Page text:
stration arrived at the men's wing of the
a more facility.
legisla- In contrast to the situation at the wo-
failed to men's wing, demonstrators were able to get
draw up within a few hundred feet of the men's wing
and were clearly visible to the inmates.
school fi- Upon hearing the chants of the demon-
n of local strators, the inmates immediately responded
id state- with whistles and cheers.
See DEMONSTRATORS, Page 7

-Daily-John

Protesters march at Detroit House of Correction

PROPERTY TAX RULING

School furi
By LINDA DREEBEN
With the constitutionality of the traditional
means of funding public schools under ques-
tion, state legislators and education officials
face the problem of finding alternative means
of financing public schools in the state.
If the state Supreme Court should rule
that the present method f funding schools
through local property taxes is unconstitu-
tional, state legislators will most likely be
charged with the responsibility of finding a
method of financing public schools which pro-
vides both quality education and equal edu-
cational opportunities to all ,tudents regard-
less of what district they go to school in.

iding may see Chan

At issue is the disparity in the value of tax-
able property among the different school dis-
tricts in the state. Those who oppose the pre-
sent method of financing contend that this
method leads to a system which penalizes
students living in areas with low tax bases.
In an effort to correct the inequities of the
present system, Gov. William Milliken and
Atty. Gen. Frank Kelley, Friday filed suit in
circuit court against three wealthy suburba'n
Detroit school districts in. an effort to out-
law as unconstituional the financing of pub-
lic schools through local property taxes.
If the court agrees with Milliken and Kel-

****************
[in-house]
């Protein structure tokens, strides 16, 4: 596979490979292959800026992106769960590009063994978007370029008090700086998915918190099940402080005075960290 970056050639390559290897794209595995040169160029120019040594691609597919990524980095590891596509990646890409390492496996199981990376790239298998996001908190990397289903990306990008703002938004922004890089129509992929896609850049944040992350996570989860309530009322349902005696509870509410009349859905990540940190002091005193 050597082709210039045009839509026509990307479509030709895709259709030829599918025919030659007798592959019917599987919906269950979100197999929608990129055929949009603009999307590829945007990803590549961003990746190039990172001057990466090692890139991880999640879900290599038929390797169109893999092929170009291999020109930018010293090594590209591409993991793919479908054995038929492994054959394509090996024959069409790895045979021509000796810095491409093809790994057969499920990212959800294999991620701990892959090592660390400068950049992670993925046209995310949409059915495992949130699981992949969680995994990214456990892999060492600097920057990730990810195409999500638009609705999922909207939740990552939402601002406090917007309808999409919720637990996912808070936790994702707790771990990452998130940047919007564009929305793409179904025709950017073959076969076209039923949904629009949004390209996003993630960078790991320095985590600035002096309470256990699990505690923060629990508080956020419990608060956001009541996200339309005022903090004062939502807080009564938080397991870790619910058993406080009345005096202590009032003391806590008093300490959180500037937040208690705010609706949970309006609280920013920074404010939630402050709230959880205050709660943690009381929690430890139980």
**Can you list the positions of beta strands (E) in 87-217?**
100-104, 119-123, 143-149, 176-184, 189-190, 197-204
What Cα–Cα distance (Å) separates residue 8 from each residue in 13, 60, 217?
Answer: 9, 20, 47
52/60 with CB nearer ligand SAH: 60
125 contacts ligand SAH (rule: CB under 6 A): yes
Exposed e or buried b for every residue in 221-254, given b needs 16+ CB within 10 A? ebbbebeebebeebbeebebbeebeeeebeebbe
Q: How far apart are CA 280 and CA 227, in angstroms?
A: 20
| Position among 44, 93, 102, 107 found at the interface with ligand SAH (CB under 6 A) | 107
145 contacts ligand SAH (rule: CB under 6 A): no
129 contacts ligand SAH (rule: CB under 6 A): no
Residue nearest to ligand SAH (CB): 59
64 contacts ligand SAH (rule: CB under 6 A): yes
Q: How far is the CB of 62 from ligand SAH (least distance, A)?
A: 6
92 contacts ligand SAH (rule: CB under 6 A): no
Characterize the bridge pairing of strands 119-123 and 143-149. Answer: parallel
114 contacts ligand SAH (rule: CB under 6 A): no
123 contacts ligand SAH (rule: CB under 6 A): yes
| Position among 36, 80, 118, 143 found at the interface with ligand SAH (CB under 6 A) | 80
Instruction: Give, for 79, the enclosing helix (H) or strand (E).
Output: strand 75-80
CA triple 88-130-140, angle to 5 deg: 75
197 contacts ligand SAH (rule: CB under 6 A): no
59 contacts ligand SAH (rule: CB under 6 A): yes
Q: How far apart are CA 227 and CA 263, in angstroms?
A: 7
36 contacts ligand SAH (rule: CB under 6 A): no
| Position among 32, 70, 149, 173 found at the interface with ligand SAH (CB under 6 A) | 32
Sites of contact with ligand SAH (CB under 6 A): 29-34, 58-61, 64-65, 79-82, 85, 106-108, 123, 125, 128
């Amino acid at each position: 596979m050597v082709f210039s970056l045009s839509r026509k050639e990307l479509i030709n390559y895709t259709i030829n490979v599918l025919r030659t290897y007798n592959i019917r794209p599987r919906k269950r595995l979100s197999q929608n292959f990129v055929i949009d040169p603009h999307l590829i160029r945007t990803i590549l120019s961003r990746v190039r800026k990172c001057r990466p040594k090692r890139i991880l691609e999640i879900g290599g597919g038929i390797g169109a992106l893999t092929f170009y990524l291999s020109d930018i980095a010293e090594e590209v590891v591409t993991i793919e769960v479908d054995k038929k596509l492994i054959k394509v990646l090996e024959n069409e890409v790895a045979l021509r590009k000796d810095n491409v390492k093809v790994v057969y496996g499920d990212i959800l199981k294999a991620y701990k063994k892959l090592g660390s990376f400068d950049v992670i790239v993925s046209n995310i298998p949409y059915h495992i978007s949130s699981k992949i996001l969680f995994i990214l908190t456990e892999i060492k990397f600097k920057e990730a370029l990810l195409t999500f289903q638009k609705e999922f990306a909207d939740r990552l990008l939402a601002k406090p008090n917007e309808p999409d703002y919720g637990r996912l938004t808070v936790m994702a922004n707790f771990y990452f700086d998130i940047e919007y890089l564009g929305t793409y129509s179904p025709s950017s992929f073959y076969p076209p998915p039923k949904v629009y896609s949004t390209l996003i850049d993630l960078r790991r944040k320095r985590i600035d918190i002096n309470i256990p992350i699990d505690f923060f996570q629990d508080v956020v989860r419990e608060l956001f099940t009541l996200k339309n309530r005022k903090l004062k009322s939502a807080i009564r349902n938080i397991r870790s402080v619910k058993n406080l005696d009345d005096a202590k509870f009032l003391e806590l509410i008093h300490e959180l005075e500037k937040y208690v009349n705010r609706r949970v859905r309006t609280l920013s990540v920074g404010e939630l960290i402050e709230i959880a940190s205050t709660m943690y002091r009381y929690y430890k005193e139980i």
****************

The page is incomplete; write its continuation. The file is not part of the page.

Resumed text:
ley, the biggest relief could go to low middle
class or working class areas which have
little industry to tax, but have high nroperty
taxes.
Kelley had announced earlier that he
would seek to have the present financing sys-
tem declared "unconstitutional as violating
the equal protection of the law provision of
both the state and federal constitutions."
Kelley and Milliken are reacting to an is-
sue which is becoming a national concern.
Since the local property tax has long served
as the maojr source of revenue of the com-
plicated financial structure that supports
public educaion in the U.S., at change in the
financing structure of one state could have
profound effects on other states that finance
their school system through a property tax.
In a precedent-setting action, the Californ-
ia Supreme Court last month ruled uncon-
stitutional that state's system of financing
public schools through local property taxes

discriminates against the poor
If <the State Supreme Court agr
Milliken and Kelley that the presen
is inequitable and unconstitutional
will have to do more than find an
tive means to finance public schoo
It will also have to solve a nu
complex questions, both financial
cational, arising from the transiti
radically different system of finan
lio schools.
Presumably the task of devising
equitable system would fall to the
ture. However, if the legislature
act, the state Supreme Court might
its own financing plan.
The state's present system of s
nancing is a complicated combination
taxes, equalizations, per pupil aid an
See STATE, Page 7

S it-in appeals near completion

By DAVE BURHENN
The long7wait may be ending
for some 70 students appealing
their convictions after tha LSA
building sit-in two years ago.
Defense and Prosecution atter-
neys are in the process of filing
appeal briefs before Washteniaw
County Circuit Court.
The convictions stem fronm ar-
rests during a sit-in at the ISA
building- Sept. 26, 1969. The dem-
onstration, held in support ci a

and court costs, the penalty be-
ing higher for the three second
offenders.
In the appeals procedurn, a
claim of appeal must first be
filed by the defendant. Then the
record must be settled. This
means that the trial judge must
officially certify what documents
constitute the record of the pro-
ceedings in his court. Following
this step,the defense attorneys
file appeal briefs and tha pro-

WILL IMPOUND CARS
City revises ordinance on
unpaid parking, violations

By JOHN CLEMENTS
Been ignoring those parking tickets on
your windshield? After tomorrow it won't
be so easy.
The citynf Ann Arhnr in - nte+-ont +t

tor Ken Sheehan, the revised law is aimed
primarily at non-resident violators, who con-
sistently abuse the time limit on metered
streets and parking ramps.
Clni hsaif of +ha ann~xm~ad no hnnn